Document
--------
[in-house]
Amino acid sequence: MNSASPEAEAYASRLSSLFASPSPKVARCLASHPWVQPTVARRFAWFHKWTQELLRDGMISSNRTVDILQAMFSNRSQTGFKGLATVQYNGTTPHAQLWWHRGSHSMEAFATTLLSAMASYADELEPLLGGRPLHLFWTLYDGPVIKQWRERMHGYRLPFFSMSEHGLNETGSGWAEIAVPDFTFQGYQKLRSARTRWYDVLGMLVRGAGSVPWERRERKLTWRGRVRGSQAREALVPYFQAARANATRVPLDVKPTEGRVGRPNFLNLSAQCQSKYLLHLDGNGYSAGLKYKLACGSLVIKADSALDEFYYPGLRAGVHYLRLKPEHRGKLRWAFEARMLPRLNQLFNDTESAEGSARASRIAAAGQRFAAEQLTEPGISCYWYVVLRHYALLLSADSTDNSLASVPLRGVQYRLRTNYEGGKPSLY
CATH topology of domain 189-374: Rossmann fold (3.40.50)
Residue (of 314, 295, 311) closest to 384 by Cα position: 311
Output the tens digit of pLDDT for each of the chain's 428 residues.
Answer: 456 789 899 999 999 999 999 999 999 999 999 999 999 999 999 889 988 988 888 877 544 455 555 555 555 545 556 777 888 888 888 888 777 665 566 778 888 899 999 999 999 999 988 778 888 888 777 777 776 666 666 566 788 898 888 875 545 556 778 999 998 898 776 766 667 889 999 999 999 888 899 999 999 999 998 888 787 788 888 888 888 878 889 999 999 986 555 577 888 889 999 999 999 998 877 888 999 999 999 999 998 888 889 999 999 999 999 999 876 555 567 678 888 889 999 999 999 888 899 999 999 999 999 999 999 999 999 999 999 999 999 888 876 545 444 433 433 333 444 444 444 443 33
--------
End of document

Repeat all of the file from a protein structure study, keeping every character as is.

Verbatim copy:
[in-house]
Amino acid sequence: MNSASPEAEAYASRLSSLFASPSPKVARCLASHPWVQPTVARRFAWFHKWTQELLRDGMISSNRTVDILQAMFSNRSQTGFKGLATVQYNGTTPHAQLWWHRGSHSMEAFATTLLSAMASYADELEPLLGGRPLHLFWTLYDGPVIKQWRERMHGYRLPFFSMSEHGLNETGSGWAEIAVPDFTFQGYQKLRSARTRWYDVLGMLVRGAGSVPWERRERKLTWRGRVRGSQAREALVPYFQAARANATRVPLDVKPTEGRVGRPNFLNLSAQCQSKYLLHLDGNGYSAGLKYKLACGSLVIKADSALDEFYYPGLRAGVHYLRLKPEHRGKLRWAFEARMLPRLNQLFNDTESAEGSARASRIAAAGQRFAAEQLTEPGISCYWYVVLRHYALLLSADSTDNSLASVPLRGVQYRLRTNYEGGKPSLY
CATH topology of domain 189-374: Rossmann fold (3.40.50)
Residue (of 314, 295, 311) closest to 384 by Cα position: 311
Output the tens digit of pLDDT for each of the chain's 428 residues.
Answer: 456 789 899 999 999 999 999 999 999 999 999 999 999 999 999 889 988 988 888 877 544 455 555 555 555 545 556 777 888 888 888 888 777 665 566 778 888 899 999 999 999 999 988 778 888 888 777 777 776 666 666 566 788 898 888 875 545 556 778 999 998 898 776 766 667 889 999 999 999 888 899 999 999 999 998 888 787 788 888 888 888 878 889 999 999 986 555 577 888 889 999 999 999 998 877 888 999 999 999 999 998 888 889 999 999 999 999 999 876 555 567 678 888 889 999 999 999 888 899 999 999 999 999 999 999 999 999 999 999 999 999 888 876 545 444 433 433 333 444 444 444 443 33